Then & Now: Buck Rogers in the 25th Century

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Geoff Harris

In 1984 while piloting Ranger 2, the last of Earth’s deep space probes, Captain William “Buck” Rogers encounters a strange anomaly which freezes his life support system, throwing him into a state of suspended animation, and puts the ship on a much wider orbit. He stays frozen and returns to Earth 500 years later. An Earth which recovered from nuclear holocaust and now faces invasion from the Draconian Empire, an imperial dynasty that spans multiple star systems. Buck is revived and begins the process of assimilating to this strange new world. The consummate “fish out of water”, he is an anachronism and a misplaced misfit in a world of near-perfect order and robotic efficacy.  However, it is a combination of those qualities and his military training which spurs the Earth Defense Force to enlist Buck into helping against the would-be conquerors.

Then

First came the movie. Star Wars still ringing in my ears and here was another epic with action and suspense and more stimuli than my developing brain could handle. When the movie birthed the show I almost lost my shit. Buck’s adventures every week! I couldn’t have a SW show so I settled. Keep in mind I also had Dr. Who and Star Trek on the brain so I was in full geek mode. Conversation fodder for days at school. I didn’t care how cheesy the show looked or how inane the plots were. I will admit the second season did leave me a bit wanting and sad that it ended so suddenly. (Although Battlestar Galactica dropped the mike at only one season. We don’t talk about Galactica 1980. No sir. No we do not.) I had a bit of a crush on Erin Grey, who later turns up on Silver Spoons marking the only reason I watched that piece of crap show. Who didn’t dream of being a larger than life hero?

Now

When you get older you start to notice things more clearly. Maybe it’s a survival thing. Or you just outgrow the things of the past. Regardless, I watch reruns now and wonder if I deserved to be in Special Ed classes. It’s a really terrible show. The acting is either forced or exaggerated. The special effects, cutting edge for the time, were laughable, and the insistent use (or reuse) of stock footage was highly noticeable. Guest spots by Gary Coleman did little to elevate this show out of its mediocrity. And…putting this on Front Street, Twiki the robot’s head, shaped to resemble a “page boy” haircut, looked like a penis. Once you see it you can’t un-see it. Not to mention they changed his voice in season two from Mel Blanc’s gruff old man to an annoying cheerful muppet shriek. I wonder whose genius idea it was to move from defending the Earth to exploring space. I’m not saying it was a bad choice, just one that got diluted into cotton candy horse shit. The show had so much promise. Yes, I’m sure there are websites out there that can fill me in on the why and what of the show’s decline. I don’t care. It’ll be retconned anyway if they ever reboot the damn thing.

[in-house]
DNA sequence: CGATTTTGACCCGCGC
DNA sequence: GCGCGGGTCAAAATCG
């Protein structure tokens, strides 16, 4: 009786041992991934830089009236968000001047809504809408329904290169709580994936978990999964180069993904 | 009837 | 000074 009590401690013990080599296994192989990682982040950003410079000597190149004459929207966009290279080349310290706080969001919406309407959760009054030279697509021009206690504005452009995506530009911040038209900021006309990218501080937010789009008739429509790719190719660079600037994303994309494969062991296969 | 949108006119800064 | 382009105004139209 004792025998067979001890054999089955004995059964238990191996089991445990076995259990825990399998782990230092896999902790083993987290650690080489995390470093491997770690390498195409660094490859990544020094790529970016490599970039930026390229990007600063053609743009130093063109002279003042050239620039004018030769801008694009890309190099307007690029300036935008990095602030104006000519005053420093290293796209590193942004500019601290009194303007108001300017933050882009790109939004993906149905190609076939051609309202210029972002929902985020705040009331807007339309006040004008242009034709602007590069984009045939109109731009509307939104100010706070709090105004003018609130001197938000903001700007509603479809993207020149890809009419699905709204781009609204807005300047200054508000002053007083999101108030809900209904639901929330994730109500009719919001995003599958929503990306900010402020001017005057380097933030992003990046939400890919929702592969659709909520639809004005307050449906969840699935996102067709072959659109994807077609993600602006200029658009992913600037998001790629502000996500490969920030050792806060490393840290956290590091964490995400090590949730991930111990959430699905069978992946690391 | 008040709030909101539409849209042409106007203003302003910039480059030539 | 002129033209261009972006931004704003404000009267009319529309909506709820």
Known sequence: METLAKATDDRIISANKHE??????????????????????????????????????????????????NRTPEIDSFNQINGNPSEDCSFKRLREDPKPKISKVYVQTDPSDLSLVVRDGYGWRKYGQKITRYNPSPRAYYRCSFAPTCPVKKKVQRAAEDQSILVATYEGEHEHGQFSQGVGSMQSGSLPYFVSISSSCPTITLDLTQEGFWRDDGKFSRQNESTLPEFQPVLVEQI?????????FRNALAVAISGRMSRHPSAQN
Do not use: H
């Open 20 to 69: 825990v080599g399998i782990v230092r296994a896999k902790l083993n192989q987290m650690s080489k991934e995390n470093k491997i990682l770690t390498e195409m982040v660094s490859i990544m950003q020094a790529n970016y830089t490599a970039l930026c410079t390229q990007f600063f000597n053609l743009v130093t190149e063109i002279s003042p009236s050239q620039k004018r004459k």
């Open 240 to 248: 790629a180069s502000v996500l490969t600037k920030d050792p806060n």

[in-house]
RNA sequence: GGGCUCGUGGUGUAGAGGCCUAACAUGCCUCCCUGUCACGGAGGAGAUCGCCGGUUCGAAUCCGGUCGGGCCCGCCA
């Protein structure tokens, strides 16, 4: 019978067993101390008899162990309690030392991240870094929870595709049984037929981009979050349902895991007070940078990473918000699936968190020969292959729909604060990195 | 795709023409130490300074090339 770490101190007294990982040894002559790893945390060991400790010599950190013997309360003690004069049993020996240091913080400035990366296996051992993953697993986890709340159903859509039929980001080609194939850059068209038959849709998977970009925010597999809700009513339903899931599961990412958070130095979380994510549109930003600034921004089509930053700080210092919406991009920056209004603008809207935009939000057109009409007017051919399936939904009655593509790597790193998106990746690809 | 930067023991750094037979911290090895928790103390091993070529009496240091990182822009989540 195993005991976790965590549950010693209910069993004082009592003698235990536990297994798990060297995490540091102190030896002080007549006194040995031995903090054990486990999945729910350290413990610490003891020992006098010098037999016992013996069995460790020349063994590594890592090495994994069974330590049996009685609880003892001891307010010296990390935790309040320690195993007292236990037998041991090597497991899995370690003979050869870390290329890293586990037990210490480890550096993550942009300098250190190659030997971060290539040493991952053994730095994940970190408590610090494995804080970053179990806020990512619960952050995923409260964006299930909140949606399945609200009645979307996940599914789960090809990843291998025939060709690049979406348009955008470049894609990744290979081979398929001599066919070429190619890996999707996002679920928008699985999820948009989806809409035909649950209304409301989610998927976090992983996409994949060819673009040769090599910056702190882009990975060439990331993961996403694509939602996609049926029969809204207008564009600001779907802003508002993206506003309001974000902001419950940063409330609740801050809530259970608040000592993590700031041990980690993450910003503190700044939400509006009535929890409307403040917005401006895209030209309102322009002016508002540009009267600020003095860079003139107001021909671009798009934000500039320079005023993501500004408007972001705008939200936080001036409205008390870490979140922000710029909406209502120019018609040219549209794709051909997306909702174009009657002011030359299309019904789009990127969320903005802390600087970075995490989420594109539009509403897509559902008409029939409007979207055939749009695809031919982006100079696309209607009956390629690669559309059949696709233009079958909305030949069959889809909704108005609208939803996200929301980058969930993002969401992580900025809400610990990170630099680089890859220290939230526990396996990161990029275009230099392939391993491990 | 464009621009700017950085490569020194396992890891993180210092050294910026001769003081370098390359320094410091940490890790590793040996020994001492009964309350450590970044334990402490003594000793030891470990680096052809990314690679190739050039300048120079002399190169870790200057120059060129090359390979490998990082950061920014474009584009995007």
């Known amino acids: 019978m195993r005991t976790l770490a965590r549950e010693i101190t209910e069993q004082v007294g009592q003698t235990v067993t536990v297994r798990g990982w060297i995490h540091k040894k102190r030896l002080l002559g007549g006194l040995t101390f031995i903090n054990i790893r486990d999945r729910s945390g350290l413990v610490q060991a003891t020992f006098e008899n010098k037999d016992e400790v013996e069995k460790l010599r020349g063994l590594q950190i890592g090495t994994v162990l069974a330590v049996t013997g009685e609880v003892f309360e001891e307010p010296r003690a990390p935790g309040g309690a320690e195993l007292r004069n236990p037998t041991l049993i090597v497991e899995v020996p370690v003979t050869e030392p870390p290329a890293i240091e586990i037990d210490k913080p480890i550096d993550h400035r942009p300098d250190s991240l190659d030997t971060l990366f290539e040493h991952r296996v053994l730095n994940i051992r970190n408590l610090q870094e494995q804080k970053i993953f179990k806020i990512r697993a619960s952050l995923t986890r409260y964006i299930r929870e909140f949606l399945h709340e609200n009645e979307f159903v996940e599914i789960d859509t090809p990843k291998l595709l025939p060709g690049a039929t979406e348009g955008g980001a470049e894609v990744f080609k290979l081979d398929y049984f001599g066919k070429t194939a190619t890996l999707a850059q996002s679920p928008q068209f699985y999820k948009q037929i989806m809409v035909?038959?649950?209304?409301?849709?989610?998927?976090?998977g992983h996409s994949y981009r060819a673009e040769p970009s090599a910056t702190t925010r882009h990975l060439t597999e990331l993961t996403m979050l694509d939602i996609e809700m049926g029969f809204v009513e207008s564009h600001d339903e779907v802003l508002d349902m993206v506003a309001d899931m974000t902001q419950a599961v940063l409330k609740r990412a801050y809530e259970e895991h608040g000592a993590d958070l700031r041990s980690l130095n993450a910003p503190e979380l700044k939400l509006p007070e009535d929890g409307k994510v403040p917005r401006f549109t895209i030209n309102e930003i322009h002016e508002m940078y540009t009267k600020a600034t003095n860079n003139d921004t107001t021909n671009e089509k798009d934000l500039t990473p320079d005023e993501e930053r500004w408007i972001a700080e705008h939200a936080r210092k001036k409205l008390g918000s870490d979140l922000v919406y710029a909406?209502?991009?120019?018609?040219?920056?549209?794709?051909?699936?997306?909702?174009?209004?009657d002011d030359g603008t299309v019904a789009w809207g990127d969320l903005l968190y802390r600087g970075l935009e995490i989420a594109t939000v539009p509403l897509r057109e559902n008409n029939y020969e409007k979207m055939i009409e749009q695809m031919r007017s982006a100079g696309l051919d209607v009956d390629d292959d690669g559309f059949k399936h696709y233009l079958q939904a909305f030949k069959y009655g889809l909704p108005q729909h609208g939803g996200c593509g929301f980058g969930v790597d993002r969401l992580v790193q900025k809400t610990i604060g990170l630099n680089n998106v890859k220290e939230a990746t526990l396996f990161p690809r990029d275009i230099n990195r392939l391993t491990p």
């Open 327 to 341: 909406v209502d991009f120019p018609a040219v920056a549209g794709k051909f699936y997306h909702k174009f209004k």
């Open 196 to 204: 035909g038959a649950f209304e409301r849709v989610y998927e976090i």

If they do….Hawk. Just saying.

I don’t hate the show. I just can’t watch it sober. It’s so mind-numbing and poorly written. Yet, it still holds a place of honor in my great hall of geek. Not everything will have that new car smell of modern-day entertainment. Maybe a reboot would work. In today’s climate, a show about fitting in against all odds and maintaining a sense of one’s individuality would go far. Albeit the Powers-that-Be would darken the show up a bit and probably mix in some sappy PC message here and there. The contrast could work but only if it’s on Netflix or some other non-network medium. I don’t want to have to sleep for 500 years before somebody cracks the code on why network television is a wasteland these days. Channels are becoming the domed cities of the show. So does that make Hulu the Draconians? Booty-Booty-Booty.

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